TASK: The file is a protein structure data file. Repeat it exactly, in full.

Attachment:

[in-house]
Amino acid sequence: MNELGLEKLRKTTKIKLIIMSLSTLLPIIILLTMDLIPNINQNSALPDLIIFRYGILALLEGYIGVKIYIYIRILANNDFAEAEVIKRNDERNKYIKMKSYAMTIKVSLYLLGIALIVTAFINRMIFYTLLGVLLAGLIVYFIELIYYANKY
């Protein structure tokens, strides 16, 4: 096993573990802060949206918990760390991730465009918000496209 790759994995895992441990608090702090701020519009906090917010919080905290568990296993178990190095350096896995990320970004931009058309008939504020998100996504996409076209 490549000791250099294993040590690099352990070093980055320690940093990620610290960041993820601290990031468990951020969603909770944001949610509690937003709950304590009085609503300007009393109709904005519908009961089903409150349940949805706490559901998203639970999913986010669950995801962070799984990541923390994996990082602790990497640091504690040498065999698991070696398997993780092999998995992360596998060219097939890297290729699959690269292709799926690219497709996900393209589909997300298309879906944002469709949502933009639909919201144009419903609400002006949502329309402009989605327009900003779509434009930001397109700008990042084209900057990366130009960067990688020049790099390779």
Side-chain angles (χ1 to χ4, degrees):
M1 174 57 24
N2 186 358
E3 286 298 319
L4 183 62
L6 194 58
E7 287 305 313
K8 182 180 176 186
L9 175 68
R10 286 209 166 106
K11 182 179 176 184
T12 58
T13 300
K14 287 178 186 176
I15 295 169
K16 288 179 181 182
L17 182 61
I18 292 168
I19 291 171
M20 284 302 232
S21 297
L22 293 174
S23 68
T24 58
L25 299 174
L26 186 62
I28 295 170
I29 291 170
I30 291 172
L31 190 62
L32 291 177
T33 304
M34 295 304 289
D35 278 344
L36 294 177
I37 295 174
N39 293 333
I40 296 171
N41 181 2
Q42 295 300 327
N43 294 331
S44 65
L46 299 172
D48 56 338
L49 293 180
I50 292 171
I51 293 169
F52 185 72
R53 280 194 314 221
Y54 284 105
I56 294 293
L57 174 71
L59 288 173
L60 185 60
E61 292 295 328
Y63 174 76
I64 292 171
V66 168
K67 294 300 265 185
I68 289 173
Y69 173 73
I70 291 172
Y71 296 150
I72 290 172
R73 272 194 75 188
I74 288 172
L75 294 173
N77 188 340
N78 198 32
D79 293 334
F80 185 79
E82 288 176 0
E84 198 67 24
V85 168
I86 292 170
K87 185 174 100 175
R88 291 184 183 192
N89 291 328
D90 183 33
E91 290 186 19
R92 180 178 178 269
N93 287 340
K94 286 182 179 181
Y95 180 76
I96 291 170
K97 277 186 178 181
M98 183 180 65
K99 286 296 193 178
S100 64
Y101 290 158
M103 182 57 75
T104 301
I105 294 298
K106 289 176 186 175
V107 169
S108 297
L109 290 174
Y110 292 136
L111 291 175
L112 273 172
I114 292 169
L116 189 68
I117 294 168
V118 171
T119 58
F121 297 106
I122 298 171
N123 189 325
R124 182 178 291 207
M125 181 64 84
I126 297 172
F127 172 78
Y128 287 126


[in-house]
Amino acid sequence: MNELGLEKLRKTTKIKLIIMSLSTLLPIIILLTMDLIPNINQNSALPDLIIFRYGILALLEGYIGVKIYIYIRILANNDFAEAEVIKRNDERNKYIKMKSYAMTIKVSLYLLGIALIVTAFINRMIFYTLLGVLLAGLIVYFIELIYYANKY
């Protein structure tokens, strides 16, 4: 096993573990802060949206918990760390991730465009918000496209 790759994995895992441990608090702090701020519009906090917010919080905290568990296993178990190095350096896995990320970004931009058309008939504020998100996504996409076209 490549000791250099294993040590690099352990070093980055320690940093990620610290960041993820601290990031468990951020969603909770944001949610509690937003709950304590009085609503300007009393109709904005519908009961089903409150349940949805706490559901998203639970999913986010669950995801962070799984990541923390994996990082602790990497640091504690040498065999698991070696398997993780092999998995992360596998060219097939890297290729699959690269292709799926690219497709996900393209589909997300298309879906944002469709949502933009639909919201144009419903609400002006949502329309402009989605327009900003779509434009930001397109700008990042084209900057990366130009960067990688020049790099390779």
Side-chain angles (χ1 to χ4, degrees):
M1 174 57 24
N2 186 358
E3 286 298 319
L4 183 62
L6 194 58
E7 287 305 313
K8 182 180 176 186
L9 175 68
R10 286 209 166 106
K11 182 179 176 184
T12 58
T13 300
K14 287 178 186 176
I15 295 169
K16 288 179 181 182
L17 182 61
I18 292 168
I19 291 171
M20 284 302 232
S21 297
L22 293 174
S23 68
T24 58
L25 299 174
L26 186 62
I28 295 170
I29 291 170
I30 291 172
L31 190 62
L32 291 177
T33 304
M34 295 304 289
D35 278 344
L36 294 177
I37 295 174
N39 293 333
I40 296 171
N41 181 2
Q42 295 300 327
N43 294 331
S44 65
L46 299 172
D48 56 338
L49 293 180
I50 292 171
I51 293 169
F52 185 72
R53 280 194 314 221
Y54 284 105
I56 294 293
L57 174 71
L59 288 173
L60 185 60
E61 292 295 328
Y63 174 76
I64 292 171
V66 168
K67 294 300 265 185
I68 289 173
Y69 173 73
I70 291 172
Y71 296 150
I72 290 172
R73 272 194 75 188
I74 288 172
L75 294 173
N77 188 340
N78 198 32
D79 293 334
F80 185 79
E82 288 176 0
E84 198 67 24
V85 168
I86 292 170
K87 185 174 100 175
R88 291 184 183 192
N89 291 328
D90 183 33
E91 290 186 19
R92 180 178 178 269
N93 287 340
K94 286 182 179 181
Y95 180 76
I96 291 170
K97 277 186 178 181
M98 183 180 65
K99 286 296 193 178
S100 64
Y101 290 158
M103 182 57 75
T104 301
I105 294 298
K106 289 176 186 175
V107 169
S108 297
L109 290 174
Y110 292 136
L111 291 175
L112 273 172
I114 292 169
L116 189 68
I117 294 168
V118 171
T119 58
F121 297 106
I122 298 171
N123 189 325
R124 182 178 291 207
M125 181 64 84
I126 297 172
F127 172 78
Y128 287 126